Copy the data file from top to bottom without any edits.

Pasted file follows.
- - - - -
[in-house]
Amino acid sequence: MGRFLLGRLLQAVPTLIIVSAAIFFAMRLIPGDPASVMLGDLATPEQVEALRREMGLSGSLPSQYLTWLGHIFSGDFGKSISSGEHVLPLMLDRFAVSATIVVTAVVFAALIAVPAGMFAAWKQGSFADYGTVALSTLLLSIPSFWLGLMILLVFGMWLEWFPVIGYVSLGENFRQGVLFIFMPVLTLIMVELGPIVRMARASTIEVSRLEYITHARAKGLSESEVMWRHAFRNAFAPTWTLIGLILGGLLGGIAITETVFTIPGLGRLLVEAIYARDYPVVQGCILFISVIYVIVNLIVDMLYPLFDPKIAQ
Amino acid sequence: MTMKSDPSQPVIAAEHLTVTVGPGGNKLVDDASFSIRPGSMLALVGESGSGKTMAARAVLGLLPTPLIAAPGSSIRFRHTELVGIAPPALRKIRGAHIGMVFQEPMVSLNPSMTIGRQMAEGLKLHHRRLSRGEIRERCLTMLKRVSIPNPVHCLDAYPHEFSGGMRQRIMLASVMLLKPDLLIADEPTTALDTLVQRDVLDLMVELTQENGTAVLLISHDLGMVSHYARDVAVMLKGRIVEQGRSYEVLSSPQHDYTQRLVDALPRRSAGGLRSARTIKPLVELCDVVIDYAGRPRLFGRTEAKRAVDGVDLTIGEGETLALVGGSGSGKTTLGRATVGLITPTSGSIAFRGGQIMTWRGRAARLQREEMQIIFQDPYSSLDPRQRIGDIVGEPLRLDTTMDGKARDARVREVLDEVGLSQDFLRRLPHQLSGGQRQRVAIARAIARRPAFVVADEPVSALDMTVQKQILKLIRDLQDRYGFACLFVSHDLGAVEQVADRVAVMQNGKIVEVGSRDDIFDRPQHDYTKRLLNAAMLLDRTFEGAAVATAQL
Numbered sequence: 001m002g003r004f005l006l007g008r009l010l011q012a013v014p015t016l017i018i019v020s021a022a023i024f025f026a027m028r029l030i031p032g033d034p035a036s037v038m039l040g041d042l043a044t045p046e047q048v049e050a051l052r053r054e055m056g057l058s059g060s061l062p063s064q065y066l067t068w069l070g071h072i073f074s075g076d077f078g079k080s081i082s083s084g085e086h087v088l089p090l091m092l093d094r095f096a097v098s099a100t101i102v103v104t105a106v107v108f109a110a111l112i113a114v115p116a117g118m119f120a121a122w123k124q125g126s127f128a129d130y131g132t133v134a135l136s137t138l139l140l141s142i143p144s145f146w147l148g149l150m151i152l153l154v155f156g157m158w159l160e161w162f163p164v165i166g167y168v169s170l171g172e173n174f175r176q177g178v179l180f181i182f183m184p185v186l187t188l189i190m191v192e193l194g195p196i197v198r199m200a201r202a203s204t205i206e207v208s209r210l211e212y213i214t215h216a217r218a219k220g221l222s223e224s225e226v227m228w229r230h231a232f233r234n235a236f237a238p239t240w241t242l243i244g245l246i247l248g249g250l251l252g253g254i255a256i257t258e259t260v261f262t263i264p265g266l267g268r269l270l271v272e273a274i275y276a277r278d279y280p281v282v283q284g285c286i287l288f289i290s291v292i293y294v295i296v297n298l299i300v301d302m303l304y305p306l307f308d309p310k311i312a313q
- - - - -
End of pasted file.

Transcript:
[in-house]
Amino acid sequence: MGRFLLGRLLQAVPTLIIVSAAIFFAMRLIPGDPASVMLGDLATPEQVEALRREMGLSGSLPSQYLTWLGHIFSGDFGKSISSGEHVLPLMLDRFAVSATIVVTAVVFAALIAVPAGMFAAWKQGSFADYGTVALSTLLLSIPSFWLGLMILLVFGMWLEWFPVIGYVSLGENFRQGVLFIFMPVLTLIMVELGPIVRMARASTIEVSRLEYITHARAKGLSESEVMWRHAFRNAFAPTWTLIGLILGGLLGGIAITETVFTIPGLGRLLVEAIYARDYPVVQGCILFISVIYVIVNLIVDMLYPLFDPKIAQ
Amino acid sequence: MTMKSDPSQPVIAAEHLTVTVGPGGNKLVDDASFSIRPGSMLALVGESGSGKTMAARAVLGLLPTPLIAAPGSSIRFRHTELVGIAPPALRKIRGAHIGMVFQEPMVSLNPSMTIGRQMAEGLKLHHRRLSRGEIRERCLTMLKRVSIPNPVHCLDAYPHEFSGGMRQRIMLASVMLLKPDLLIADEPTTALDTLVQRDVLDLMVELTQENGTAVLLISHDLGMVSHYARDVAVMLKGRIVEQGRSYEVLSSPQHDYTQRLVDALPRRSAGGLRSARTIKPLVELCDVVIDYAGRPRLFGRTEAKRAVDGVDLTIGEGETLALVGGSGSGKTTLGRATVGLITPTSGSIAFRGGQIMTWRGRAARLQREEMQIIFQDPYSSLDPRQRIGDIVGEPLRLDTTMDGKARDARVREVLDEVGLSQDFLRRLPHQLSGGQRQRVAIARAIARRPAFVVADEPVSALDMTVQKQILKLIRDLQDRYGFACLFVSHDLGAVEQVADRVAVMQNGKIVEVGSRDDIFDRPQHDYTKRLLNAAMLLDRTFEGAAVATAQL
Numbered sequence: 001m002g003r004f005l006l007g008r009l010l011q012a013v014p015t016l017i018i019v020s021a022a023i024f025f026a027m028r029l030i031p032g033d034p035a036s037v038m039l040g041d042l043a044t045p046e047q048v049e050a051l052r053r054e055m056g057l058s059g060s061l062p063s064q065y066l067t068w069l070g071h072i073f074s075g076d077f078g079k080s081i082s083s084g085e086h087v088l089p090l091m092l093d094r095f096a097v098s099a100t101i102v103v104t105a106v107v108f109a110a111l112i113a114v115p116a117g118m119f120a121a122w123k124q125g126s127f128a129d130y131g132t133v134a135l136s137t138l139l140l141s142i143p144s145f146w147l148g149l150m151i152l153l154v155f156g157m158w159l160e161w162f163p164v165i166g167y168v169s170l171g172e173n174f175r176q177g178v179l180f181i182f183m184p185v186l187t188l189i190m191v192e193l194g195p196i197v198r199m200a201r202a203s204t205i206e207v208s209r210l211e212y213i214t215h216a217r218a219k220g221l222s223e224s225e226v227m228w229r230h231a232f233r234n235a236f237a238p239t240w241t242l243i244g245l246i247l248g249g250l251l252g253g254i255a256i257t258e259t260v261f262t263i264p265g266l267g268r269l270l271v272e273a274i275y276a277r278d279y280p281v282v283q284g285c286i287l288f289i290s291v292i293y294v295i296v297n298l299i300v301d302m303l304y305p306l307f308d309p310k311i312a313q